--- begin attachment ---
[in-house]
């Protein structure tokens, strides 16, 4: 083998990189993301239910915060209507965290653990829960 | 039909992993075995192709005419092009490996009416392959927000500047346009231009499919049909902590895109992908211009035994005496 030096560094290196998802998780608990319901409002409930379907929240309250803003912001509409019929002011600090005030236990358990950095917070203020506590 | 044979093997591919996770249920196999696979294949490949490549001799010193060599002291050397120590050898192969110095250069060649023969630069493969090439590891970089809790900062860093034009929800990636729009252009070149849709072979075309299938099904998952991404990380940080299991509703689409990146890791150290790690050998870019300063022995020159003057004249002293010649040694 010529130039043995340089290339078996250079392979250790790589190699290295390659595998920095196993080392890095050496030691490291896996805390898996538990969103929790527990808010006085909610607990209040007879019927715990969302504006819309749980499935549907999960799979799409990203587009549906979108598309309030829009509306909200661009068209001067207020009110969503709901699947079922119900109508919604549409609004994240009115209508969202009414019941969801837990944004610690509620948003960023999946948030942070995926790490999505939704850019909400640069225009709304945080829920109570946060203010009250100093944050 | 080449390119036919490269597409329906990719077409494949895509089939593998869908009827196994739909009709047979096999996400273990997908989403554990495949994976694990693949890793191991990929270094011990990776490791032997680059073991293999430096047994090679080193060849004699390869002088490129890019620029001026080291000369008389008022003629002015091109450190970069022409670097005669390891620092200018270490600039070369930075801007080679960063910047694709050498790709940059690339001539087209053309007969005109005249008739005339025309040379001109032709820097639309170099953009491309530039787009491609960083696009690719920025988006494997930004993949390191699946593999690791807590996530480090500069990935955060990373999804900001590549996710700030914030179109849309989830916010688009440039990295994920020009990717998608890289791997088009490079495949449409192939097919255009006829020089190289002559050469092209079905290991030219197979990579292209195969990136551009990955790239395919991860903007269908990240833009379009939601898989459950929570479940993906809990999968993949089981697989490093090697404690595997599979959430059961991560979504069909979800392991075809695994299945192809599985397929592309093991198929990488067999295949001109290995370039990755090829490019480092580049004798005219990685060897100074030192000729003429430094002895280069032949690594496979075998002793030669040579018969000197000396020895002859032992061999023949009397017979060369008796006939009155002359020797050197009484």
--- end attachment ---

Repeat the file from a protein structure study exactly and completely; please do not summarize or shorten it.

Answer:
[in-house]
């Protein structure tokens, strides 16, 4: 083998990189993301239910915060209507965290653990829960 | 039909992993075995192709005419092009490996009416392959927000500047346009231009499919049909902590895109992908211009035994005496 030096560094290196998802998780608990319901409002409930379907929240309250803003912001509409019929002011600090005030236990358990950095917070203020506590 | 044979093997591919996770249920196999696979294949490949490549001799010193060599002291050397120590050898192969110095250069060649023969630069493969090439590891970089809790900062860093034009929800990636729009252009070149849709072979075309299938099904998952991404990380940080299991509703689409990146890791150290790690050998870019300063022995020159003057004249002293010649040694 010529130039043995340089290339078996250079392979250790790589190699290295390659595998920095196993080392890095050496030691490291896996805390898996538990969103929790527990808010006085909610607990209040007879019927715990969302504006819309749980499935549907999960799979799409990203587009549906979108598309309030829009509306909200661009068209001067207020009110969503709901699947079922119900109508919604549409609004994240009115209508969202009414019941969801837990944004610690509620948003960023999946948030942070995926790490999505939704850019909400640069225009709304945080829920109570946060203010009250100093944050 | 080449390119036919490269597409329906990719077409494949895509089939593998869908009827196994739909009709047979096999996400273990997908989403554990495949994976694990693949890793191991990929270094011990990776490791032997680059073991293999430096047994090679080193060849004699390869002088490129890019620029001026080291000369008389008022003629002015091109450190970069022409670097005669390891620092200018270490600039070369930075801007080679960063910047694709050498790709940059690339001539087209053309007969005109005249008739005339025309040379001109032709820097639309170099953009491309530039787009491609960083696009690719920025988006494997930004993949390191699946593999690791807590996530480090500069990935955060990373999804900001590549996710700030914030179109849309989830916010688009440039990295994920020009990717998608890289791997088009490079495949449409192939097919255009006829020089190289002559050469092209079905290991030219197979990579292209195969990136551009990955790239395919991860903007269908990240833009379009939601898989459950929570479940993906809990999968993949089981697989490093090697404690595997599979959430059961991560979504069909979800392991075809695994299945192809599985397929592309093991198929990488067999295949001109290995370039990755090829490019480092580049004798005219990685060897100074030192000729003429430094002895280069032949690594496979075998002793030669040579018969000197000396020895002859032992061999023949009397017979060369008796006939009155002359020797050197009484």